Extra space
A firewall separates the production area from the barrel room and dry goods storage. Both are designed to accommodate growth as production increases. The barrel room currently has about 700 barrels, with room for another 1,060. The warehouse space, meanwhile, is equipped with floor drains and fixtures that allow it to accommodate either barrels, production or a bottling line in the future (right now, Signature Mobile Bottlers Inc. of Clackamas, Ore., handles bottling).

“When we were building this and we had it laid out, Bill Stoller said, ‘You’ll never have cheaper building costs than right now, so just add on,” Mortensen recalls. “What this really does is let us take advantage of our vineyard. This building now allows us to leverage; if it was all to come back to us, we could make around 50,000 cases.”

Efficient practices
Stoller’s oversight also led to the incorporation of several features that allow the building to work with the environment, reducing power use and operating in a manner consistent with the original LEED-certified facility—but without the certification.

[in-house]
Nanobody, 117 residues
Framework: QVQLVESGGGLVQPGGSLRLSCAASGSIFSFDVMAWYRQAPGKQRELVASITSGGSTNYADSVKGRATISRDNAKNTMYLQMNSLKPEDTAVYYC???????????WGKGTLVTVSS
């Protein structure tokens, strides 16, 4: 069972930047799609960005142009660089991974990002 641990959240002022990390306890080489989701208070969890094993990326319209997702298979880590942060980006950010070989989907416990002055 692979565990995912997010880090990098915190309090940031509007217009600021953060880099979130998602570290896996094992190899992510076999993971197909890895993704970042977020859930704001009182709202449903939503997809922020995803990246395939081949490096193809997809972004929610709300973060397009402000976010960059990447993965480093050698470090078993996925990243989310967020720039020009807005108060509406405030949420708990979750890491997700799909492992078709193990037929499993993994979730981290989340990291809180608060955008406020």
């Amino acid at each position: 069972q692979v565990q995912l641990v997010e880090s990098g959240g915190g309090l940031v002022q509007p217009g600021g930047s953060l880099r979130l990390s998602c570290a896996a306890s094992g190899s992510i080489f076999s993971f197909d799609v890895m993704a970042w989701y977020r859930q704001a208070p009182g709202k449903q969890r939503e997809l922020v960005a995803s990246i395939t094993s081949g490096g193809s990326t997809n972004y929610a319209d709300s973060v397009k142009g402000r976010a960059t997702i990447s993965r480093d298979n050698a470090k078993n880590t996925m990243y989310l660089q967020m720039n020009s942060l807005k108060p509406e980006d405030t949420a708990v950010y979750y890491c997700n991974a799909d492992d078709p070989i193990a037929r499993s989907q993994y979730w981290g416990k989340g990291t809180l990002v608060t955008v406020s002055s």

Natural lighting alternates with LED lighting in the ceiling, which is motion-activated. Water use is kept to a minimum even though the property sits atop a significant aquifer. Wastewater is treated onsite, and the water is applied to the estate. Temperature sensors trigger passive cooling that draws in night air and helps maintain a constant temperature throughout the facility, which uses highly insulated panels in its ceiling.

Mortensen says the elements reflect the keen eye that Bill Stoller brings to the facility. “He’s all about energy efficiency,” Mortensen says, noting that he’ll often ask why lights are on in the evening or check the temperature levels. “He doesn’t come in here and ask, ‘What wine are you making?’ he’ll come into the office and go, ‘What’s the thermostat at?’” Mortensen says. “Because it’s important to Bill, it’s important to all of us.”

Many of the energy-saving features are incorporated within the fabric of the building, leaving little for the winemaking team to manage.

Vents in the roof open to allow warmer air to escape while floor-level fans draw cooler air in. The slab floor, which encases plumbing, provides an insulating layer that helps regulate interior temperatures.

“We are barely actively cooling anything,” Howe says. “It’s about 55° F in here most of the time, so it’s a good temperature for wine.”

Regulating costs